In an NPR article entitled “When Planning For The Future, Women Have Been Hands Off,” the writer sees generations of late 20th century and early 21st century women as see-sawing between being hands-on and hands-off about financial planning.
Jane Austen began Pride and Prejudice, her classic 19th century novel and critique of marriage, money, and manners with: “It is a truth universally acknowledged, that a single man in possession of a good fortune must be in want of a wife.”
The NPR piece starts with a line that seems to reference Austen: “It’s a truism in the financial industry that women need to get more out of their money than men since they live longer and make less, especially if they take time out to care for children or aging parents.”
The news outlet interviewed Cindy Hounsell, president of the Women’s Institute for a Secure Retirement, who discussed how women are afraid they’ll run out of money (the article uses the movie Blue Jasmine to illustrate this point) while they are also fear the risks associated with investments. She thinks the women that do decide to get financial planning help may be turned off by the fact that financial planners are ‘overwhelmingly older, white men’ who tend to overwhelm them ‘industry jargon.’ Hounsell, who herself has spent years counseling women on finance, has found that women prefer a more personal approach.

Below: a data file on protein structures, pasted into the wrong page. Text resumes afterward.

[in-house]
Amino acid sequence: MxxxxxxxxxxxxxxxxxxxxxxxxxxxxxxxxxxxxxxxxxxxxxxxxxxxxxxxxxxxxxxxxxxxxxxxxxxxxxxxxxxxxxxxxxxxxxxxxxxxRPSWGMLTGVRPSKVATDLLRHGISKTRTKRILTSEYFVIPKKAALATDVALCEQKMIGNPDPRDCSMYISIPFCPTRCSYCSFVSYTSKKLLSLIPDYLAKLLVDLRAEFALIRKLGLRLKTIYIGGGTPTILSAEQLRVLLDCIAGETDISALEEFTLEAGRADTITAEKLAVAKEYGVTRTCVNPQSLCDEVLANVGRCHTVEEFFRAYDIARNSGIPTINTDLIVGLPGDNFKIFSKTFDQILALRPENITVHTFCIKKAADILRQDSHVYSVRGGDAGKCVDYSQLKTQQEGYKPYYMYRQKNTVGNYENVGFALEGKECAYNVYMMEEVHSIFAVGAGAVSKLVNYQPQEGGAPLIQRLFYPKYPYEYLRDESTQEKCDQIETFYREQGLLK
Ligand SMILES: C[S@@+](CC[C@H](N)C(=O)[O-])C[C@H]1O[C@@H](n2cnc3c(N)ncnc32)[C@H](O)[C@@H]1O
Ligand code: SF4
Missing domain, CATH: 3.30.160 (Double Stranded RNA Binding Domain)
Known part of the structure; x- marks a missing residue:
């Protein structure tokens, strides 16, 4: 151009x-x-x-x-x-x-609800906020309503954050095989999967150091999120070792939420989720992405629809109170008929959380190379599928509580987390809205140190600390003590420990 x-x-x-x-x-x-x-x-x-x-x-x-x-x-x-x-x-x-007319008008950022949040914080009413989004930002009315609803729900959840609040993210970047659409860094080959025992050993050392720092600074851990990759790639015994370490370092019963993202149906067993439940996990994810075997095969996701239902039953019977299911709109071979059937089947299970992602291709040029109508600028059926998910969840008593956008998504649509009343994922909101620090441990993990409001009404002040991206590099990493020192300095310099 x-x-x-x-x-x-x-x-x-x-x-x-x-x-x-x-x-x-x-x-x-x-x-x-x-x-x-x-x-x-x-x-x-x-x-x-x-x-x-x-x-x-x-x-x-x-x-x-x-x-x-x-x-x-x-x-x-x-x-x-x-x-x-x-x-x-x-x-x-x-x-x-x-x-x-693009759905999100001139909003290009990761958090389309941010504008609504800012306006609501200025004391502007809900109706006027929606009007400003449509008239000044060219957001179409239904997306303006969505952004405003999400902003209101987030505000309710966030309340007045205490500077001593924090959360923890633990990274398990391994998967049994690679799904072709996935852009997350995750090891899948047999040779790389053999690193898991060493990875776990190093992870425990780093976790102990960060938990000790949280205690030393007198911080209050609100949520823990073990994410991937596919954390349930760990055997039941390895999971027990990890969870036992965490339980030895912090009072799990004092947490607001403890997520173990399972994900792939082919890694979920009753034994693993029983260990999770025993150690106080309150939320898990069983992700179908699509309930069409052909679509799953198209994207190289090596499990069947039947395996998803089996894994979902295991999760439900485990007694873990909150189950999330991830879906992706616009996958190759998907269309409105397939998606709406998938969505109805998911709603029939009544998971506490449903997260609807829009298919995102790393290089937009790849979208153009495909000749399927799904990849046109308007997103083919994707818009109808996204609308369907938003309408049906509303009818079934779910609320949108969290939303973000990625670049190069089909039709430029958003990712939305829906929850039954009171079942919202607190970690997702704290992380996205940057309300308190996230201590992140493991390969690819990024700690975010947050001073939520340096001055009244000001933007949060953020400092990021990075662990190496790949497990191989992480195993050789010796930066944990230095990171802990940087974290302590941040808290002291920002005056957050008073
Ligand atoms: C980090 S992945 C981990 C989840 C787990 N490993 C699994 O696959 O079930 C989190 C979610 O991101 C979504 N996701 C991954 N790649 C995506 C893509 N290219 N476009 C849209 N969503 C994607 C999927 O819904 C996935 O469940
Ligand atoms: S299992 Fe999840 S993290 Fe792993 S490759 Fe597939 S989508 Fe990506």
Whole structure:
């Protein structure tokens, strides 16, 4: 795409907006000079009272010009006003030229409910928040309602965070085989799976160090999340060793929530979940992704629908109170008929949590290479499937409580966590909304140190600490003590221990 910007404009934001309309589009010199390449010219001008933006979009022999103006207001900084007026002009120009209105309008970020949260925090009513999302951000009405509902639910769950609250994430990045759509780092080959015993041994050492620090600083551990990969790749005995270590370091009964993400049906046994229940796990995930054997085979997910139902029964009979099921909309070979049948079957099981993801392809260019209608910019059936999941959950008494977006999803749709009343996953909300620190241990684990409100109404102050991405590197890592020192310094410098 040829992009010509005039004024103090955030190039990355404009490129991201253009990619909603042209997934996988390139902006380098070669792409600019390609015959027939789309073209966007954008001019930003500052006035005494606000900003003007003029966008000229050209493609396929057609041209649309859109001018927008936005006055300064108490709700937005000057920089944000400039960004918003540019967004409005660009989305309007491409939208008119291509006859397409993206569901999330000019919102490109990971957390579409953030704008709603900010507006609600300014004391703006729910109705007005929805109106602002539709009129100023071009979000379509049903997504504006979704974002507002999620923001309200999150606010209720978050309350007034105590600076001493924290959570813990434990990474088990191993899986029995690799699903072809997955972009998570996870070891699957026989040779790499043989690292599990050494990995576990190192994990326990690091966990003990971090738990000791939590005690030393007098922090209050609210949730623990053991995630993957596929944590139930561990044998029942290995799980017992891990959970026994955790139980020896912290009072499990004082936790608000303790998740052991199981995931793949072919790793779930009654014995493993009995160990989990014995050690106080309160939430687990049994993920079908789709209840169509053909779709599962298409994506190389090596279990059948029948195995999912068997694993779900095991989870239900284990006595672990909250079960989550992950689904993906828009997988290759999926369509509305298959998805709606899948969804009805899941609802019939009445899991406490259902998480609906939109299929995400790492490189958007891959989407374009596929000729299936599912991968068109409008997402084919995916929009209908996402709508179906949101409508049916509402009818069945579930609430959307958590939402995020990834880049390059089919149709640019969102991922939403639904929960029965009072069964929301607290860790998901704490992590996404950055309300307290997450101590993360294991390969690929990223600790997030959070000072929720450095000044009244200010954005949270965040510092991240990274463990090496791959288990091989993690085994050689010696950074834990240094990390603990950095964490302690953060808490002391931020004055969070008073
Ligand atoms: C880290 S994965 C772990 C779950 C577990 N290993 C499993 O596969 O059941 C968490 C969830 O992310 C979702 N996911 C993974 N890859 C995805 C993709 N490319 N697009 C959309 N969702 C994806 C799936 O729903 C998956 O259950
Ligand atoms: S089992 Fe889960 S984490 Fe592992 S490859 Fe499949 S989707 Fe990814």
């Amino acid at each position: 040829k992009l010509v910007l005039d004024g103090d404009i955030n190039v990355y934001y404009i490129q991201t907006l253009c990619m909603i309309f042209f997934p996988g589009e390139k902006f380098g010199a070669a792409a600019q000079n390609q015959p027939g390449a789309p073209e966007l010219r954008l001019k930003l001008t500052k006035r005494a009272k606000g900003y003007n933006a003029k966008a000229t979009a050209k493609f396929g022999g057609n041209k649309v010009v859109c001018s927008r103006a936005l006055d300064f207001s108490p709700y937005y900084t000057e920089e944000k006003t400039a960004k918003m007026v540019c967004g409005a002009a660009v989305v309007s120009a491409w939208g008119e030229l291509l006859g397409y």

While some online commenters felt the tone of the NPR piece was not complimentary towards women, we would urge women to consider how to best work towards their financial goals. Some women truly enjoy investing and learning more about financial markets; other women may not really find investing all that interesting but they still need to find a way to prioritize their financial wellbeing.
Fee-Only financial planner Claire Emory MBA, CFA, CFP, of Clarity Financial Planning is dedicated to helping people, especially women, take care of themselves and the people they love and she believes in taking a holistic approach to financial planning with all of her clients.